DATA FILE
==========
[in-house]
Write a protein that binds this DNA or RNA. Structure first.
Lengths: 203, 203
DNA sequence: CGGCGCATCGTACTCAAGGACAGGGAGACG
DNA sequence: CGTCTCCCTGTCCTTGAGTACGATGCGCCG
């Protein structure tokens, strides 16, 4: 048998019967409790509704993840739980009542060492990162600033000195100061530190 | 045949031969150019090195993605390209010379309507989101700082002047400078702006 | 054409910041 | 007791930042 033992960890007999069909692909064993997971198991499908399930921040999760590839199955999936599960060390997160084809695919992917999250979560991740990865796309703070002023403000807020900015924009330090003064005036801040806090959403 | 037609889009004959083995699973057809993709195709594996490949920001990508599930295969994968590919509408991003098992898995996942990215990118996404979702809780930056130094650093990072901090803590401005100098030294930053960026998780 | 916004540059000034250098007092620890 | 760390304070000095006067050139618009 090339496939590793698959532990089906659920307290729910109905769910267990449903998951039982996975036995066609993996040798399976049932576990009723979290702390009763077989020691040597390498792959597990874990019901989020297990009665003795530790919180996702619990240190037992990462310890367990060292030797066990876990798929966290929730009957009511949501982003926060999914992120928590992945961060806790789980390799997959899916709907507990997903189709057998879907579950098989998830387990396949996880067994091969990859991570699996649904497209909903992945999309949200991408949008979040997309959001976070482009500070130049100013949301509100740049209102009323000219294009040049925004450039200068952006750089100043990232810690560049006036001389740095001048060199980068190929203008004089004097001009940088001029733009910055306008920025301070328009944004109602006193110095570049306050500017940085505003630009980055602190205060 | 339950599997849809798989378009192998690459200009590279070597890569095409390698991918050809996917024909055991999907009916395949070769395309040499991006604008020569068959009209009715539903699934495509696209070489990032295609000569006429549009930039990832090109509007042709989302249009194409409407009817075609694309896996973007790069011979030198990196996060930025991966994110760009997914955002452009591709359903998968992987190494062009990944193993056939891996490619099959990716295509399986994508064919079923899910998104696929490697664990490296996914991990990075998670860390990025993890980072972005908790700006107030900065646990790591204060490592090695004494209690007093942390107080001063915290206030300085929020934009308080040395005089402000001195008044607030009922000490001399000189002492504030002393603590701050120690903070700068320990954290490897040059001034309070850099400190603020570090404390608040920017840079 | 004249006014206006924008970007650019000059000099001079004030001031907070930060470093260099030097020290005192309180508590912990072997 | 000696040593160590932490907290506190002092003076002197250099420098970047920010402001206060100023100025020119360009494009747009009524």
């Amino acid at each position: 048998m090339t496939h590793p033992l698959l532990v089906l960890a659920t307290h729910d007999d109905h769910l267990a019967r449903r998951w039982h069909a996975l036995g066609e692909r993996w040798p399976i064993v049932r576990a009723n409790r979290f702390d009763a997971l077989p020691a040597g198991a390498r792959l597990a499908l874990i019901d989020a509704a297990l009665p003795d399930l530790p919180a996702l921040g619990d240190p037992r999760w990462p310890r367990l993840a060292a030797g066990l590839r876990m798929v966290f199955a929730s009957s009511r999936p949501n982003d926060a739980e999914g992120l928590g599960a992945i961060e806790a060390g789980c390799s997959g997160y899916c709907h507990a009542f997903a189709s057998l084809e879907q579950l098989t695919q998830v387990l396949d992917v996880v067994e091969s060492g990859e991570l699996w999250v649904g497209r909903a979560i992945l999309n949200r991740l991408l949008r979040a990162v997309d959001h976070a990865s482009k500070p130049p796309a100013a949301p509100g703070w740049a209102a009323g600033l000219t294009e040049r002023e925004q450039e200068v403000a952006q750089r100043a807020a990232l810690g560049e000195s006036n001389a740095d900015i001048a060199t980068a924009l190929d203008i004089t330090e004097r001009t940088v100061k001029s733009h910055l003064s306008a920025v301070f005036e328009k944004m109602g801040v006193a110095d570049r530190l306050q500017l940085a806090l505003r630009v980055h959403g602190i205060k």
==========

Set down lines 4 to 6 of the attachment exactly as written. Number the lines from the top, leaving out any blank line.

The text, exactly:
DNA sequence: CGGCGCATCGTACTCAAGGACAGGGAGACG
DNA sequence: CGTCTCCCTGTCCTTGAGTACGATGCGCCG
């Protein structure tokens, strides 16, 4: 048998019967409790509704993840739980009542060492990162600033000195100061530190 | 045949031969150019090195993605390209010379309507989101700082002047400078702006 | 054409910041 | 007791930042 033992960890007999069909692909064993997971198991499908399930921040999760590839199955999936599960060390997160084809695919992917999250979560991740990865796309703070002023403000807020900015924009330090003064005036801040806090959403 | 037609889009004959083995699973057809993709195709594996490949920001990508599930295969994968590919509408991003098992898995996942990215990118996404979702809780930056130094650093990072901090803590401005100098030294930053960026998780 | 916004540059000034250098007092620890 | 760390304070000095006067050139618009 090339496939590793698959532990089906659920307290729910109905769910267990449903998951039982996975036995066609993996040798399976049932576990009723979290702390009763077989020691040597390498792959597990874990019901989020297990009665003795530790919180996702619990240190037992990462310890367990060292030797066990876990798929966290929730009957009511949501982003926060999914992120928590992945961060806790789980390799997959899916709907507990997903189709057998879907579950098989998830387990396949996880067994091969990859991570699996649904497209909903992945999309949200991408949008979040997309959001976070482009500070130049100013949301509100740049209102009323000219294009040049925004450039200068952006750089100043990232810690560049006036001389740095001048060199980068190929203008004089004097001009940088001029733009910055306008920025301070328009944004109602006193110095570049306050500017940085505003630009980055602190205060 | 339950599997849809798989378009192998690459200009590279070597890569095409390698991918050809996917024909055991999907009916395949070769395309040499991006604008020569068959009209009715539903699934495509696209070489990032295609000569006429549009930039990832090109509007042709989302249009194409409407009817075609694309896996973007790069011979030198990196996060930025991966994110760009997914955002452009591709359903998968992987190494062009990944193993056939891996490619099959990716295509399986994508064919079923899910998104696929490697664990490296996914991990990075998670860390990025993890980072972005908790700006107030900065646990790591204060490592090695004494209690007093942390107080001063915290206030300085929020934009308080040395005089402000001195008044607030009922000490001399000189002492504030002393603590701050120690903070700068320990954290490897040059001034309070850099400190603020570090404390608040920017840079 | 004249006014206006924008970007650019000059000099001079004030001031907070930060470093260099030097020290005192309180508590912990072997 | 000696040593160590932490907290506190002092003076002197250099420098970047920010402001206060100023100025020119360009494009747009009524």